The common law was most commonly used to protect against environmental harm during the Victorian period; where the idea of laissez faire permeated the law.  However, after changes in the perception of the appropriate method of protecting the environment and subsequent inadequacies in the common law it became uncommon to use common law in this way. Despite this change in attitude the common law has the potential to make a valuable contribution to the protection of the environment.
While Barr has not substantially varied the value of the common law in environmental cases the extension of protection via permits has diminished its value, continuing in the same vein as previous cases. One of the potential uses of the common law is to represent individual interests within the regulatory framework, usually via granting compensation or interdicts. This ability to challenge decisions gives individuals the opportunity to obtain remedies greater than those available than that under judicial review; the usual method of challenging regulatory decisions, which can result in no change to the applicants situation.
The importance of allowing individuals to participate in environmental planning is recognised to be important in supplementing and challenging the regulatory body as it encourages greater awareness of the environment, provides another incentive for regulators to carefully consider the factors surrounding a decision and creates an avenue of appeal against decisions which might have no appeal mechanism. The common law can also provide a method to challenge accepted science and risk assessment procedures.
Within society there are many standards of scientific evidence and risk assessment procedures, and while regulatory bodies choose the standards that they judge against it must be in accordance with public opinion in order for the body to act in the public interest. By being able to challenge these preconceptions individuals have a greater role in protecting the environment, something that is necessary for a unified environmental strategy. It also helps improve and refine the standards used by the regulatory bodies, which in turn improves the quality of their decisions and its reflection of public opinion.
While the common law is able to provide such benefits to both individuals and the regulatory body the ideology underlying the common law substantially differs from that under modern environmental protection. The modern method of environmental protection is to act collectively, which is difficult to reconcile with the individualistic viewpoint of the common law. Numerous cases, including Barr, have shown that the interests of private individuals tend to oppose that of the general public.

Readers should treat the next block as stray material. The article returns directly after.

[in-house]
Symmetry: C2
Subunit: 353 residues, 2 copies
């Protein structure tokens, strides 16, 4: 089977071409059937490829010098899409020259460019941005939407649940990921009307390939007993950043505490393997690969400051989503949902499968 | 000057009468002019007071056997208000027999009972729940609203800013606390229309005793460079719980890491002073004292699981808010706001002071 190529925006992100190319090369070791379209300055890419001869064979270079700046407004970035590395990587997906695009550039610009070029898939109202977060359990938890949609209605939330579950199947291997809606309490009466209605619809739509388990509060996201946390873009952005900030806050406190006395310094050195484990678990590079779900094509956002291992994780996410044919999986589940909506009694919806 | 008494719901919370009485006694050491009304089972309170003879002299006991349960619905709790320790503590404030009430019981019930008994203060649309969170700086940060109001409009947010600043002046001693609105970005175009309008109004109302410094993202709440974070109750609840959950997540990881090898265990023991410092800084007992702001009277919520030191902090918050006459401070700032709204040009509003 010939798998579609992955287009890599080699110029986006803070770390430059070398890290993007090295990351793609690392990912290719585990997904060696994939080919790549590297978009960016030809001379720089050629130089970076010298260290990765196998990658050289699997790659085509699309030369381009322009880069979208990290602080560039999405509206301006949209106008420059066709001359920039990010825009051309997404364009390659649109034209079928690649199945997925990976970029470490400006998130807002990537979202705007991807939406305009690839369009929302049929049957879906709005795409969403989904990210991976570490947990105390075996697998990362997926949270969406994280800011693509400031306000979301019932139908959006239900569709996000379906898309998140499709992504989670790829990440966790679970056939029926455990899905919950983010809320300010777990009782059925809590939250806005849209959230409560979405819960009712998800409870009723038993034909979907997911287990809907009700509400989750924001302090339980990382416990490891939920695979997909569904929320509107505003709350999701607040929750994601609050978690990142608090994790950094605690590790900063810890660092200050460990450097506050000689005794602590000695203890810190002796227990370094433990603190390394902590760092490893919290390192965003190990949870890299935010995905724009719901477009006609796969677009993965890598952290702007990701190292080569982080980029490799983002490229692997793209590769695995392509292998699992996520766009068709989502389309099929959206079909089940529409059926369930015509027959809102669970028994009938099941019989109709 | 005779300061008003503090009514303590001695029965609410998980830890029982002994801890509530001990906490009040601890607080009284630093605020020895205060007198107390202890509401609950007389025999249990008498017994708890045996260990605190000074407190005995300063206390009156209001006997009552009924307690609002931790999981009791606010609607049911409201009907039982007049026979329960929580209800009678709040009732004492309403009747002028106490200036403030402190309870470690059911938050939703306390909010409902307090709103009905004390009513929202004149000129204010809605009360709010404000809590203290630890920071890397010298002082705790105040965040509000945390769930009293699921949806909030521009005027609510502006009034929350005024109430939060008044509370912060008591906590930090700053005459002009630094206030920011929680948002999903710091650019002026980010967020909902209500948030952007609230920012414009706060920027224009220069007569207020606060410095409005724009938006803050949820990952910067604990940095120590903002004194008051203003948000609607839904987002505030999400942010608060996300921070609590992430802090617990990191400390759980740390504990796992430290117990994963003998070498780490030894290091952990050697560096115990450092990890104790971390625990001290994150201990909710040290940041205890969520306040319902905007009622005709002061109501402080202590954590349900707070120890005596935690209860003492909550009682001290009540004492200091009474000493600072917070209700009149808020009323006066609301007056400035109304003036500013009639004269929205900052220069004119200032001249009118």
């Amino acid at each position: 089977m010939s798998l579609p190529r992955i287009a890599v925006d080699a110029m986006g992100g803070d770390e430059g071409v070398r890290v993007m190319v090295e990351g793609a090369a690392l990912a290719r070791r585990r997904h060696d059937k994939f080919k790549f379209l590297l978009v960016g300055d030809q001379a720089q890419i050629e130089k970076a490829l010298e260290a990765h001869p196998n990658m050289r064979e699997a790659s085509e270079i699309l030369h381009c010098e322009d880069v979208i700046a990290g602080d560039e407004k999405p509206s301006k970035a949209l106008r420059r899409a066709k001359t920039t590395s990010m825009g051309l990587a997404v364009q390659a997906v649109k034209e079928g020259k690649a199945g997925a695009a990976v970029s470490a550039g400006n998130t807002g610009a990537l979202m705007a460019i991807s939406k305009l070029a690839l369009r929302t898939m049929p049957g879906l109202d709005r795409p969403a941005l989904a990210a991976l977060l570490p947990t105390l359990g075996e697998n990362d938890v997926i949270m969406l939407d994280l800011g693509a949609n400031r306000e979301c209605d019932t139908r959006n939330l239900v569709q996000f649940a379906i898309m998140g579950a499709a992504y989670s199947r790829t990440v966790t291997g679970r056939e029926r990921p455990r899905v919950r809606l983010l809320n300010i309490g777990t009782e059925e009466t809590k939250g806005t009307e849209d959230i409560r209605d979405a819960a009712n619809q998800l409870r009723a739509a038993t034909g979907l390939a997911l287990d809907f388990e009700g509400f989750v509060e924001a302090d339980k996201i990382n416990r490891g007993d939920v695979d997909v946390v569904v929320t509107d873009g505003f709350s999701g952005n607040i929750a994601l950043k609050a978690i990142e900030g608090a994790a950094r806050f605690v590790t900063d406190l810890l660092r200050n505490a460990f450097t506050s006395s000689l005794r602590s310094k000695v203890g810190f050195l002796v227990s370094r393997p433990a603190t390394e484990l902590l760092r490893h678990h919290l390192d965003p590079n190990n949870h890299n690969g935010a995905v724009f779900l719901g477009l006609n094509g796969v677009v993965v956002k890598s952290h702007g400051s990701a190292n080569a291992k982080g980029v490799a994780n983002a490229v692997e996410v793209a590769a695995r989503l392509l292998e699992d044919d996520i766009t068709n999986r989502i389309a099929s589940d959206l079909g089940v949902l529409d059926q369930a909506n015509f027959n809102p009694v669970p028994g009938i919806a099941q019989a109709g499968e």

This is intrinsic to the common law; it only concerns itself with private rights so cannot take into account the wider problems of the situation, such as the environmental damage’s detrimental effect to the overall ecosystem. . This individualistic approach can also be seen in the criteria for starting an action, as only those who have a proprietary interest can do so.  This fails to take into account the wider picture, as it excludes individuals and environmental groups who would take cases beyond private commercial interest.
While it is recognised that courts should not ignore private rights for the public benefit it is difficult to give adequate weight to individual interests when it fails to acknowledge these other concerns. There are additional problems with using the common law as the main method of environmental protection. The subjectivity of principles such as reasonableness and foreseeability in nuisance prevents certainty within cases, which can dissuade individuals from asserting their rights.
It also results in the ability of nuisance to change longstanding problems to be negligible.  Another major problem with the common law is that it merely reactive, providing remedies for damages that have already occurred.  This is inadequate, given the importance of preventing environmental damage from further harming the environment. The main issue in utilising the common law in environmental cases is the individualistic view it prescribes, which is in conflict with the modern view of the requirement to act collectively on environmental issues.
It is for this reason and problems with the procedure under the common law that it cannot be used as the main protection from environmental damage. However, as a supplement to the regulatory process, and occasionally a method of challenge, the common law can shape environmental law through the representation of differing views and assertions of rights. This allows individuals to participate in environmental protection, and in turn this improves the protection granted by regulatory bodies.